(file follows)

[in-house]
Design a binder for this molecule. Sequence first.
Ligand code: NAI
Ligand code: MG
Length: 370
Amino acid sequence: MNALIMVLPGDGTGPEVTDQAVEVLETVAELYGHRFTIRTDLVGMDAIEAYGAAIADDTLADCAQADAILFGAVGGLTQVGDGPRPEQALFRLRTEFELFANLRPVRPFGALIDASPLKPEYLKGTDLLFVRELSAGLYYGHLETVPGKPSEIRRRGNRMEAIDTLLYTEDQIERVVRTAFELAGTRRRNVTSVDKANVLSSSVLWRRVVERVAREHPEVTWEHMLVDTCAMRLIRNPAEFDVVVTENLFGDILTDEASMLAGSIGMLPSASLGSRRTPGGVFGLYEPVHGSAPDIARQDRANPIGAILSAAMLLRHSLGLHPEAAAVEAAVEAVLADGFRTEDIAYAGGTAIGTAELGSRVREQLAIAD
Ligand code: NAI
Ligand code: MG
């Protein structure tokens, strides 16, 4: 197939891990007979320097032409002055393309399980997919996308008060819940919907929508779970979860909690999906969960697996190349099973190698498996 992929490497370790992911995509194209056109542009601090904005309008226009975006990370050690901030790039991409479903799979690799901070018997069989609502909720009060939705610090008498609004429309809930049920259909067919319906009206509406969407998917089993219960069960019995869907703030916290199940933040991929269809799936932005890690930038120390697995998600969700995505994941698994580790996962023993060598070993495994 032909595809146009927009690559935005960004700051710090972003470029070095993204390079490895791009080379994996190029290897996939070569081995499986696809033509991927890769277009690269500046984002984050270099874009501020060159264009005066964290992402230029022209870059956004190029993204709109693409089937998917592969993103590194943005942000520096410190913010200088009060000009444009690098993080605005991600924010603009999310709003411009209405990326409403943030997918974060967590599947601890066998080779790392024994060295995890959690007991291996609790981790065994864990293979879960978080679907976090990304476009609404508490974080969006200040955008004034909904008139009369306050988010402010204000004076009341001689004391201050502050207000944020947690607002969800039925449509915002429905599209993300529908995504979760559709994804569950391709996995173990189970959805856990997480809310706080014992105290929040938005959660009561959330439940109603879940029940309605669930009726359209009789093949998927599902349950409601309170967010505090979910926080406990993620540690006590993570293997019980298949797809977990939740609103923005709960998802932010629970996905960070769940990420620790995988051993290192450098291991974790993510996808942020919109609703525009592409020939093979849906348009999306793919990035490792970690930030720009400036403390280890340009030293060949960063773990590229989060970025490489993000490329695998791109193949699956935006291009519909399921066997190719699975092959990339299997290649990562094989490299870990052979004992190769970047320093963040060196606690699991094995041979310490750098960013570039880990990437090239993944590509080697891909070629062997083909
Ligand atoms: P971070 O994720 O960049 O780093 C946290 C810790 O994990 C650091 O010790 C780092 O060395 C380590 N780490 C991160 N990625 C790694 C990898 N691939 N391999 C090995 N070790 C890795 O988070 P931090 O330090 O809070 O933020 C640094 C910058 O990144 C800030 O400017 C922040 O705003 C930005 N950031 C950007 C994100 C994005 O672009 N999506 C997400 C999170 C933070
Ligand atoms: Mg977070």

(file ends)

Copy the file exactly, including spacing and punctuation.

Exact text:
[in-house]
Design a binder for this molecule. Sequence first.
Ligand code: NAI
Ligand code: MG
Length: 370
Amino acid sequence: MNALIMVLPGDGTGPEVTDQAVEVLETVAELYGHRFTIRTDLVGMDAIEAYGAAIADDTLADCAQADAILFGAVGGLTQVGDGPRPEQALFRLRTEFELFANLRPVRPFGALIDASPLKPEYLKGTDLLFVRELSAGLYYGHLETVPGKPSEIRRRGNRMEAIDTLLYTEDQIERVVRTAFELAGTRRRNVTSVDKANVLSSSVLWRRVVERVAREHPEVTWEHMLVDTCAMRLIRNPAEFDVVVTENLFGDILTDEASMLAGSIGMLPSASLGSRRTPGGVFGLYEPVHGSAPDIARQDRANPIGAILSAAMLLRHSLGLHPEAAAVEAAVEAVLADGFRTEDIAYAGGTAIGTAELGSRVREQLAIAD
Ligand code: NAI
Ligand code: MG
């Protein structure tokens, strides 16, 4: 197939891990007979320097032409002055393309399980997919996308008060819940919907929508779970979860909690999906969960697996190349099973190698498996 992929490497370790992911995509194209056109542009601090904005309008226009975006990370050690901030790039991409479903799979690799901070018997069989609502909720009060939705610090008498609004429309809930049920259909067919319906009206509406969407998917089993219960069960019995869907703030916290199940933040991929269809799936932005890690930038120390697995998600969700995505994941698994580790996962023993060598070993495994 032909595809146009927009690559935005960004700051710090972003470029070095993204390079490895791009080379994996190029290897996939070569081995499986696809033509991927890769277009690269500046984002984050270099874009501020060159264009005066964290992402230029022209870059956004190029993204709109693409089937998917592969993103590194943005942000520096410190913010200088009060000009444009690098993080605005991600924010603009999310709003411009209405990326409403943030997918974060967590599947601890066998080779790392024994060295995890959690007991291996609790981790065994864990293979879960978080679907976090990304476009609404508490974080969006200040955008004034909904008139009369306050988010402010204000004076009341001689004391201050502050207000944020947690607002969800039925449509915002429905599209993300529908995504979760559709994804569950391709996995173990189970959805856990997480809310706080014992105290929040938005959660009561959330439940109603879940029940309605669930009726359209009789093949998927599902349950409601309170967010505090979910926080406990993620540690006590993570293997019980298949797809977990939740609103923005709960998802932010629970996905960070769940990420620790995988051993290192450098291991974790993510996808942020919109609703525009592409020939093979849906348009999306793919990035490792970690930030720009400036403390280890340009030293060949960063773990590229989060970025490489993000490329695998791109193949699956935006291009519909399921066997190719699975092959990339299997290649990562094989490299870990052979004992190769970047320093963040060196606690699991094995041979310490750098960013570039880990990437090239993944590509080697891909070629062997083909
Ligand atoms: P971070 O994720 O960049 O780093 C946290 C810790 O994990 C650091 O010790 C780092 O060395 C380590 N780490 C991160 N990625 C790694 C990898 N691939 N391999 C090995 N070790 C890795 O988070 P931090 O330090 O809070 O933020 C640094 C910058 O990144 C800030 O400017 C922040 O705003 C930005 N950031 C950007 C994100 C994005 O672009 N999506 C997400 C999170 C933070
Ligand atoms: Mg977070």